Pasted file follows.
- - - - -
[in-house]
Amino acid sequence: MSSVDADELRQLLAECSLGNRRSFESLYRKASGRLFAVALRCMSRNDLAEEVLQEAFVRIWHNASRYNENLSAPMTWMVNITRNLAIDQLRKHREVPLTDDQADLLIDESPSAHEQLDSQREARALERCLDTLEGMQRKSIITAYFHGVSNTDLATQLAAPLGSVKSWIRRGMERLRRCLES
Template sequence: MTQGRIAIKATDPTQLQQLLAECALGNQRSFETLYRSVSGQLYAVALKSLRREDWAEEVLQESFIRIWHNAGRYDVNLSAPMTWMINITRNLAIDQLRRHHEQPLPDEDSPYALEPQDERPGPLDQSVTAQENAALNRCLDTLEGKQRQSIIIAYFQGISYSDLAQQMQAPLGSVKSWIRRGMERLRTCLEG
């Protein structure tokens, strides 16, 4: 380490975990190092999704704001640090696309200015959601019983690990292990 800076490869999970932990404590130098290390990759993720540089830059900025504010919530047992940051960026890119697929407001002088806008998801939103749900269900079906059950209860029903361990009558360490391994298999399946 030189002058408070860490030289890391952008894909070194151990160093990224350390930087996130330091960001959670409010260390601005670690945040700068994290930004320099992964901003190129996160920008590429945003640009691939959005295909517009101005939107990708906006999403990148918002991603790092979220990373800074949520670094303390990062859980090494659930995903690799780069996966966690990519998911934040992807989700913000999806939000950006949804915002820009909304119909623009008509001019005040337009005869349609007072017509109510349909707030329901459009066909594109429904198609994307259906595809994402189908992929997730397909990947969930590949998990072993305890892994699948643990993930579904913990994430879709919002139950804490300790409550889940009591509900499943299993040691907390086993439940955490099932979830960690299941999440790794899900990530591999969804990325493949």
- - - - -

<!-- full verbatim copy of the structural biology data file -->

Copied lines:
[in-house]
Amino acid sequence: MSSVDADELRQLLAECSLGNRRSFESLYRKASGRLFAVALRCMSRNDLAEEVLQEAFVRIWHNASRYNENLSAPMTWMVNITRNLAIDQLRKHREVPLTDDQADLLIDESPSAHEQLDSQREARALERCLDTLEGMQRKSIITAYFHGVSNTDLATQLAAPLGSVKSWIRRGMERLRRCLES
Template sequence: MTQGRIAIKATDPTQLQQLLAECALGNQRSFETLYRSVSGQLYAVALKSLRREDWAEEVLQESFIRIWHNAGRYDVNLSAPMTWMINITRNLAIDQLRRHHEQPLPDEDSPYALEPQDERPGPLDQSVTAQENAALNRCLDTLEGKQRQSIIIAYFQGISYSDLAQQMQAPLGSVKSWIRRGMERLRTCLEG
């Protein structure tokens, strides 16, 4: 380490975990190092999704704001640090696309200015959601019983690990292990 800076490869999970932990404590130098290390990759993720540089830059900025504010919530047992940051960026890119697929407001002088806008998801939103749900269900079906059950209860029903361990009558360490391994298999399946 030189002058408070860490030289890391952008894909070194151990160093990224350390930087996130330091960001959670409010260390601005670690945040700068994290930004320099992964901003190129996160920008590429945003640009691939959005295909517009101005939107990708906006999403990148918002991603790092979220990373800074949520670094303390990062859980090494659930995903690799780069996966966690990519998911934040992807989700913000999806939000950006949804915002820009909304119909623009008509001019005040337009005869349609007072017509109510349909707030329901459009066909594109429904198609994307259906595809994402189908992929997730397909990947969930590949998990072993305890892994699948643990993930579904913990994430879709919002139950804490300790409550889940009591509900499943299993040691907390086993439940955490099932979830960690299941999440790794899900990530591999969804990325493949």